American society is far more complex and challenging for teenagers to navigate than it was 50 years ago. As the traditional middle class lifestyle slips away from more families, it creates fractures in the economic and relational foundations supporting those families.
Sadly, substance abuse, domestic violence, hunger, bullying and school shootings are increasingly becoming more commonplace for a growing number of teens today.
This is why Campus Life started “Taco Tuesday” for Cottage Grove High School students in early October. The free meal is served across the parking lot in the Riverside Community Church gym during lunchtime.
With the challenges facing high school students today, Campus Life leaders say they offer the free lunch to connect with kids in a positive way and to offer them support and encouragement in addition to a meal.
Lane County Youth for Christ offers weekly club meetings for Cottage Grove’s middle and high school students. Campus Life Clubs combine healthy relationships with creative programs to help young people make good choices to establish a solid foundation for life and positively impact their schools. Led by Richard New, the High School Club meets on Mondays at Calvary Chapel at 7 p.m. The Middle School Club meets at Riverside Community Church on Tuesdays at 7 p.m. and is led by Tim Sinclair.
On Tuesdays, Riverside Community Church Youth Leaders Kyle McGowen and Lourdes Doerflinger join New to serve all-you-can-eat tacos, freshly baked cookies and beverages to more than 40 high school students.
“All kids love food,” McGowen said. “It’s really a great way to meet and connect with kids and give them a positive experience.”
On a recent Tuesday, three 16-year-old sophomores Brook Anderson, Kristina DeVoe and Aydin Berry, walked over to share the meal together. The trio met at Lincoln Middle School and became best friends. They are regular attenders at the Monday night Campus Life Club.
All said they appreciate how inclusive club activities are and they provide a safe and welcoming environment.
“I love all the people involved,” Berry said. “They are very nice and caring to everyone.” Anderson agreed and added, “The club activities are fun and very different. We do lots of crazy stuff.”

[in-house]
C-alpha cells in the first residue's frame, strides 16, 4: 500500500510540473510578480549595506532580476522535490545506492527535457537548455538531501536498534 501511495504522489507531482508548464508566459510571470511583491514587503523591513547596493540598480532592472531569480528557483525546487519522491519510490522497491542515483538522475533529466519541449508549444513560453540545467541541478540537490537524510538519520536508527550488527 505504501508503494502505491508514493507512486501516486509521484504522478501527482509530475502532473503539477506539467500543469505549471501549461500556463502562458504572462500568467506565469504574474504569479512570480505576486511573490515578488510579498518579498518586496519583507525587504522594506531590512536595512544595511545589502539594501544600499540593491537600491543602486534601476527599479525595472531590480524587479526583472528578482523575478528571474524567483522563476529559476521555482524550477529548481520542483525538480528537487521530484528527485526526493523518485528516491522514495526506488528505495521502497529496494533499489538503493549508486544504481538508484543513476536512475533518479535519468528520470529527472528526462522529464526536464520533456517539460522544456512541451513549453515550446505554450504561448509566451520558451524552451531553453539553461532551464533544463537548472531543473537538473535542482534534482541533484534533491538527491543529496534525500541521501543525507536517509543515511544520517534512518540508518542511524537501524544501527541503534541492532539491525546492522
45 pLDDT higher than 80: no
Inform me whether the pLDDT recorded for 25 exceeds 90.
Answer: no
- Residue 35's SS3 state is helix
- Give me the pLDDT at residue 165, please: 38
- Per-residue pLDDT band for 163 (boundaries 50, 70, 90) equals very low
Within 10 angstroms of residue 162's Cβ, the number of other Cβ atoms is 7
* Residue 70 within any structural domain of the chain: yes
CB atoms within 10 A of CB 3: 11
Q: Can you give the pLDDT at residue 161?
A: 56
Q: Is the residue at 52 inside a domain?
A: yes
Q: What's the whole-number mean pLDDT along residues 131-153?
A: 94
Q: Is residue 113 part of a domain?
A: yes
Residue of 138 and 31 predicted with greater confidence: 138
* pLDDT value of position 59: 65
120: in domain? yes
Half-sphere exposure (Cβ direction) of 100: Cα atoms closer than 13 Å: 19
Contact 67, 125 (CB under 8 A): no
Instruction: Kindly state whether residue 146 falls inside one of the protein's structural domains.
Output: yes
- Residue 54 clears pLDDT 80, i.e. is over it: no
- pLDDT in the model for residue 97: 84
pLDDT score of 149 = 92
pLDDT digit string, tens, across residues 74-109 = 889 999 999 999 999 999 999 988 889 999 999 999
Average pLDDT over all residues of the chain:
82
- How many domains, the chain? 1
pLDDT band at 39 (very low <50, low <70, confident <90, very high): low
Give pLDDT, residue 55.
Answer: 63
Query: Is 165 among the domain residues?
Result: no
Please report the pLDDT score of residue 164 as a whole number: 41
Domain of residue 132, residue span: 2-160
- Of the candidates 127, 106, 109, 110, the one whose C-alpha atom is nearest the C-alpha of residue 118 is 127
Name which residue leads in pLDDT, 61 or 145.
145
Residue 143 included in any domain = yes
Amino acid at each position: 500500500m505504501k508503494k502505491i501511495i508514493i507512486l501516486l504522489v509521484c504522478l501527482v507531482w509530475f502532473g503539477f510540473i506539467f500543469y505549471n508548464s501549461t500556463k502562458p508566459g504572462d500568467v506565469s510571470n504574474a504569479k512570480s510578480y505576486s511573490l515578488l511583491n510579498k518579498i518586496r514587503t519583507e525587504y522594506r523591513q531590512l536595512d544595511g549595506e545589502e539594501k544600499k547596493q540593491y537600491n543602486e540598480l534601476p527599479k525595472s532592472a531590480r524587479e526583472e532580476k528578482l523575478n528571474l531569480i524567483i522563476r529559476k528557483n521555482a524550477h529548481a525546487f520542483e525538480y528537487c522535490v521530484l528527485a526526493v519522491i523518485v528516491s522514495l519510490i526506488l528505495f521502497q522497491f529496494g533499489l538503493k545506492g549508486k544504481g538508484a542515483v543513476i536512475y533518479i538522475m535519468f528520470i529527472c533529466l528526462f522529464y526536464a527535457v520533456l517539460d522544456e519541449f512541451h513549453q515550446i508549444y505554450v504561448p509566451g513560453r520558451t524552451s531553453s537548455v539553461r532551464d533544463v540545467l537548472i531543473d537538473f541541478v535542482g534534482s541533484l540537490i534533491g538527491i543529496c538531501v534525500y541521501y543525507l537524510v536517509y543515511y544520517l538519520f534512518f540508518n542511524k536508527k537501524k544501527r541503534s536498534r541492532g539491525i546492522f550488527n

At a different table three other sophomores enjoyed the tacos and each other’s company. Sixteen-year-olds Shelby Trisler and Ian Shepherd and 15-year-olds Evie Smith and McKenzie Baker said they loved the free lunch and it wasn’t as noisy as the high school cafeteria so it was easier to talk to each other. They don’t attend club meetings but enjoy the weekly free lunch.
“The food is good and I love learning more about what’s going on in the community,” Trisler said. His friend Ian chimed in and said the tacos are good and he likes hanging out with his friends.
After eating, some of the guys gather at the other end of the gym and shoot hoops before heading back to class.
When the lunch began on Oct. 1, the attendance was 12-15 students. As word spread more began showing up and now 40-plus students regularly enjoy the meal.
As the first students arrived, Lourdes Doerflinger pulled freshly baked cookies from the oven. She said she has always loved connecting with kids.
“I wish I’d had an experience like this when I was growing up,” Doerflinger said. “I do this because I want to create a fun, safe place for kids to enjoy.”
High School CL Director Richard New also enjoys the time he shares with youth because he believes the world is becoming more and more challenging for the youth of today.
“It seems like there is a lack of available mentors for our next generation,” New said. “I’m just happy I have the opportunity to be available to be there for our future leaders.”